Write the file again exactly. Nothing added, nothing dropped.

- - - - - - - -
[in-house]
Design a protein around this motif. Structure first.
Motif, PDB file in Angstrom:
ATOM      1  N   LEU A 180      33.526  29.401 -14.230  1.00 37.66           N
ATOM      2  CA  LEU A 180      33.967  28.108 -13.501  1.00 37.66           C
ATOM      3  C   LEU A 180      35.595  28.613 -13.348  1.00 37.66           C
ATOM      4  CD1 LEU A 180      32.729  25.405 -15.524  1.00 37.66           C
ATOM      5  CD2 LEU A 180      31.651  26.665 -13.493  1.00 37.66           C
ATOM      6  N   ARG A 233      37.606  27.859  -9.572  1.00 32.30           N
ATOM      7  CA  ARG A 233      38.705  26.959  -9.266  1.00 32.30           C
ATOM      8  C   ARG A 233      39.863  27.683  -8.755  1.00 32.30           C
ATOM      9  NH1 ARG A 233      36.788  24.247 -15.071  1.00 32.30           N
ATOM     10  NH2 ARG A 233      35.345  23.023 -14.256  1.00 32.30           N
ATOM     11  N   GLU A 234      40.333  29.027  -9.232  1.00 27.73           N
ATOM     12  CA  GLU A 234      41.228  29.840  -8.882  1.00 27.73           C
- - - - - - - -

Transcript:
[in-house]
Design a protein around this motif. Structure first.
Motif, PDB file in Angstrom:
ATOM      1  N   LEU A 180      33.526  29.401 -14.230  1.00 37.66           N
ATOM      2  CA  LEU A 180      33.967  28.108 -13.501  1.00 37.66           C
ATOM      3  C   LEU A 180      35.595  28.613 -13.348  1.00 37.66           C
ATOM      4  CD1 LEU A 180      32.729  25.405 -15.524  1.00 37.66           C
ATOM      5  CD2 LEU A 180      31.651  26.665 -13.493  1.00 37.66           C
ATOM      6  N   ARG A 233      37.606  27.859  -9.572  1.00 32.30           N
ATOM      7  CA  ARG A 233      38.705  26.959  -9.266  1.00 32.30           C
ATOM      8  C   ARG A 233      39.863  27.683  -8.755  1.00 32.30           C
ATOM      9  NH1 ARG A 233      36.788  24.247 -15.071  1.00 32.30           N
ATOM     10  NH2 ARG A 233      35.345  23.023 -14.256  1.00 32.30           N
ATOM     11  N   GLU A 234      40.333  29.027  -9.232  1.00 27.73           N
ATOM     12  CA  GLU A 234      41.228  29.840  -8.882  1.00 27.73           C